LEARNING THEORIES RESEARCH
PREPARED BY KALESSY TWIGLEY AND JULIE HARRISON
• Developed in 1983 by Howard Gardner, a psychologist
and professor of neuroscience at Harvard.
• Gardner’s alternative theory suggests that there are that
reflect different ways of interacting with the world. 9
different forms of intelligence.
• Each person has a unique combination of these 9
Gardner's theory provides a much needed
corrective to the shortcomings of traditional
psychometric approaches. Instead of probing
the bases of bubble-sheet results, Gardner sought
to illuminate the mental abilities underlying the actual
range of human accomplishment that are found across cultures.
Gardner’s theory challenged the traditional understanding of
one form of intelligence that can be measured via an IQ test.
SO, FOR EXAMPLE …
• A person who is strong musically and weak numerically
will be more likely to develop numerical and logical
skills through music, and not by being bombarded by
• A person who is weak spatially and strong numerically,
will be more likely to develop spatial ability if it is
explained and developed by using numbers and logic,
and not by asking them to pack a suitcase in front of an
• A person who is weak bodily and physically and strong
numerically might best be encouraged to increase their
physical activity by encouraging them to learn about
the mathematical and scientific relationships between
exercise, diet and health, rather than forcing them to
box or play rugby.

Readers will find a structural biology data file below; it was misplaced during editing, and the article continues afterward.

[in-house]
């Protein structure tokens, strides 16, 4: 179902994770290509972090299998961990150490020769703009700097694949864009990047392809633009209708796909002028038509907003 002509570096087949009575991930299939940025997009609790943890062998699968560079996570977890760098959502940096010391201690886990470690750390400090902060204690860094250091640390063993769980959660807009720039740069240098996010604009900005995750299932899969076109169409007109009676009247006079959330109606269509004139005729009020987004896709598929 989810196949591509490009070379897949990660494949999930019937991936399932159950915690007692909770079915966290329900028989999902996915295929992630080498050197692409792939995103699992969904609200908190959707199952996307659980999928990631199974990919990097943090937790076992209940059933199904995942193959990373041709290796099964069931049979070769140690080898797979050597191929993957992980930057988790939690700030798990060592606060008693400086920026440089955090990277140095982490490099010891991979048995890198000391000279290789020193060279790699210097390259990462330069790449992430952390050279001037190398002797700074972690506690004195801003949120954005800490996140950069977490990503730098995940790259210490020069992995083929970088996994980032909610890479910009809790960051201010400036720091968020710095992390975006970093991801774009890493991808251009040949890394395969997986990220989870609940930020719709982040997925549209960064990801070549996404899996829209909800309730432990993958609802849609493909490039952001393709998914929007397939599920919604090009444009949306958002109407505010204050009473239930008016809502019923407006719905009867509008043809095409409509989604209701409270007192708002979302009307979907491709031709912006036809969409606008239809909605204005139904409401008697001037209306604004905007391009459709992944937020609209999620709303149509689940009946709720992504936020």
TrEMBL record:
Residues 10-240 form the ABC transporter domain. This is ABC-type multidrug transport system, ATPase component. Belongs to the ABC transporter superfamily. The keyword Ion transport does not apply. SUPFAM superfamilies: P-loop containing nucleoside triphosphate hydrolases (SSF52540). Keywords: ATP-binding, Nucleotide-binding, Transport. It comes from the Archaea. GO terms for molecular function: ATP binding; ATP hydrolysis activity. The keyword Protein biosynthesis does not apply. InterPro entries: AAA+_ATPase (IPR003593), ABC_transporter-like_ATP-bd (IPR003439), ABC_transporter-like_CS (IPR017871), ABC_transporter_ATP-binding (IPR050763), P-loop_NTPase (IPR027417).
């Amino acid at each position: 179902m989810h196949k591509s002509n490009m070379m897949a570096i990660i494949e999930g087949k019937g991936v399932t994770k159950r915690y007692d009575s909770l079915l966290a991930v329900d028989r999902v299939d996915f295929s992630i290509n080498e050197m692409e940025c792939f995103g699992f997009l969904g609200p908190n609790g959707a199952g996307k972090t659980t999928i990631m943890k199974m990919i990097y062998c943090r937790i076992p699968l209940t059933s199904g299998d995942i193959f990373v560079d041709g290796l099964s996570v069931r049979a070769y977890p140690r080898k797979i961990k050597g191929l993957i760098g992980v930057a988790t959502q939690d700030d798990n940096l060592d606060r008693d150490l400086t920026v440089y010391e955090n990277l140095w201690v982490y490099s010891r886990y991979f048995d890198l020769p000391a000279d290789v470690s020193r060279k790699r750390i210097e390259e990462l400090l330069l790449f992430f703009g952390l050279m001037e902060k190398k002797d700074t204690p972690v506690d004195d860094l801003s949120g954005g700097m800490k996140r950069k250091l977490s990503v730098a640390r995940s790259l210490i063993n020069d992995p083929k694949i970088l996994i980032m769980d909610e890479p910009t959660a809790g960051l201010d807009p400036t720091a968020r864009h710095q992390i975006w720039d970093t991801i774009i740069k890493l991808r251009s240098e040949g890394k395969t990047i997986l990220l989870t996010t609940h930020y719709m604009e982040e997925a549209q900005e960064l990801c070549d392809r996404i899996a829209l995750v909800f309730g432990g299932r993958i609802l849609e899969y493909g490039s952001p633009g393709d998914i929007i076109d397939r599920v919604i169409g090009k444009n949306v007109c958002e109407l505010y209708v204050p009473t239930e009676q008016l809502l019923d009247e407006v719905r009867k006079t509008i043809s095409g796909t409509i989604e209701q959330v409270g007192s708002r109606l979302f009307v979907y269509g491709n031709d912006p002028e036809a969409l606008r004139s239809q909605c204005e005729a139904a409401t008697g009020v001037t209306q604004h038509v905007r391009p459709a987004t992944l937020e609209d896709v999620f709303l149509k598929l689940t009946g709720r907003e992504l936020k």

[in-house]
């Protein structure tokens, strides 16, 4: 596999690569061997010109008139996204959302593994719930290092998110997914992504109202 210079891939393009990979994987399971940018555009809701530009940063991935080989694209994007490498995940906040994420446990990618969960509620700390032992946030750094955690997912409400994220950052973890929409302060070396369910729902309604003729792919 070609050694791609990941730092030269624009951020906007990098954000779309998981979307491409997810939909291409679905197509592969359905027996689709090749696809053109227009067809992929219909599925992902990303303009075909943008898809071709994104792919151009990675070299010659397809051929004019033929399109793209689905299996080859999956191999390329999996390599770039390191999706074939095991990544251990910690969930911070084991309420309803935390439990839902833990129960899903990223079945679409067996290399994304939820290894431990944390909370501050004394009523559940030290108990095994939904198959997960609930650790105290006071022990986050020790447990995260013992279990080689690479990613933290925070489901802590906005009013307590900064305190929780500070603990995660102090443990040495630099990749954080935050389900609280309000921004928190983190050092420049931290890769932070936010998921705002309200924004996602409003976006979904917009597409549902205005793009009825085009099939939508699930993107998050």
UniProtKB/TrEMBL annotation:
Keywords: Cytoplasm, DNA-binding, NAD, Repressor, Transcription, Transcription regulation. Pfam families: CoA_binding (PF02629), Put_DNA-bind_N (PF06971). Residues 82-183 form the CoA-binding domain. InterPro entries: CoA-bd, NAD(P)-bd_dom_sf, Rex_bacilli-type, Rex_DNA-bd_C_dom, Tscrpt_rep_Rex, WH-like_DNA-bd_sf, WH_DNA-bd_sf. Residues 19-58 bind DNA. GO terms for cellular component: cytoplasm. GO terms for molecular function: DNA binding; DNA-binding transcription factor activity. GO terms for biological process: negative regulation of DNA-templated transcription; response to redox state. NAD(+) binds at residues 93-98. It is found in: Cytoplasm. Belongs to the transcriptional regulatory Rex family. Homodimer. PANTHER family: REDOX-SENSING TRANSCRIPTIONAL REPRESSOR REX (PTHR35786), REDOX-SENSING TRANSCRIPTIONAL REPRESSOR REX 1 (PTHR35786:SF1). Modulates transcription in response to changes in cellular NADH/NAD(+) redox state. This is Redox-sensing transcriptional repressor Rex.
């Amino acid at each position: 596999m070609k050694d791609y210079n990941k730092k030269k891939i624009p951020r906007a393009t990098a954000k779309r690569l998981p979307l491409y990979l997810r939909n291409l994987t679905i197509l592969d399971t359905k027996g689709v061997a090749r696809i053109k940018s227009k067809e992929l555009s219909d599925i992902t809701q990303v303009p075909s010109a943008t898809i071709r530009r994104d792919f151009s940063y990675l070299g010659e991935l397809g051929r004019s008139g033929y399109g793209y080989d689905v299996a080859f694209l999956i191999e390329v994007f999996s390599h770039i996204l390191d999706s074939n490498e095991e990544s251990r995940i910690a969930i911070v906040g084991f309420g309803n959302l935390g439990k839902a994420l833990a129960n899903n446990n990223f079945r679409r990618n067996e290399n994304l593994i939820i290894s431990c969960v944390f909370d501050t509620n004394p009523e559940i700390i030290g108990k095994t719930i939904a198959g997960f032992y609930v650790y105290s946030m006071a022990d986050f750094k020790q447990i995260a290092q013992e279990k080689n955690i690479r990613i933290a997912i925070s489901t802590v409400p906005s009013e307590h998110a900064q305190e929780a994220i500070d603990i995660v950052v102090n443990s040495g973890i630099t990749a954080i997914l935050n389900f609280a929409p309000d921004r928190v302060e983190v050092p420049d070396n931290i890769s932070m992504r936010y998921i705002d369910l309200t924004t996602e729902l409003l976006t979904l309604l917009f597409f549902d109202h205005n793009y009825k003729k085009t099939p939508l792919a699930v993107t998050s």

Image credit: Andrew Wales
IMPACT ON THE CLASSROOM
Multiple Intelligences challenges:
• Traditional teaching styles focused on textbooks and lectures
• Traditional curriculum used in schools
• Traditional assessment and evaluation techniques
• Give options for learners to acquire mastery of material;
• Provide problem-solving opportunities;
• Create “What if?” situations;
• Approach the topic in an orderly and creative fashion;
• Set up situations that require hunches about outcomes
• Set up field-based experiences that go beyond the text or lectures;
• Emphasize the broad nature of the topic;
• Ask learners to explore relationships within or among topics;
• Ask learners to analyze material or information;
• Introduce topics with situations recognized by the learners;
• Use problem-solving group work;
• Help learners to see patterns;
• Provide cultural as well as scientific experiences;
• Offer leadership opportunities.
These “self-check” guidelines are
taken directly from The Journal of
College Science Teaching and can
can be used to ensure that your
teaching addresses a variety of
learning styles and intelligences.
CRITICS OF MULTIPLE INTELLIGENCES
Critics of the Multiple Intelligences theory state that:
• There is not enough empirical evidence for this
• Some “intelligences” are not related to cognitive
skill but rather personal interests
• Not every child is secretly a genius Unfortunately, some children and adults
are just unintelligent. It's not fair, it's not
politically correct, but reality is under no
obligation to be either of those.
-- Christopher J. Ferguson (source)
SOURCES FOR MORE INFORMATION
• A 1997 video interview with Garder. Topics include the need for change in classroom curriculum and
• Learning Styles and Multiple Intelligences in Students. The Journal of College Science Teaching.
Retrieved March 2014. http://www.nsta.org/publications/news/story.aspx?id=40969
• Harvard Project Zero (http://pzweb.harvard.edu/). An educational research group at the Harvard
Graduate School of Education, led by Howard Gardner and his colleagues.
• Concept to Classroom: Tapping Into Multiple Intelligences
A free, self-paced teacher workshops, "Tapping Into Multiple Intelligences" offers useful background
information, examples, tips, and strategies related to integrating MI into classroom practice.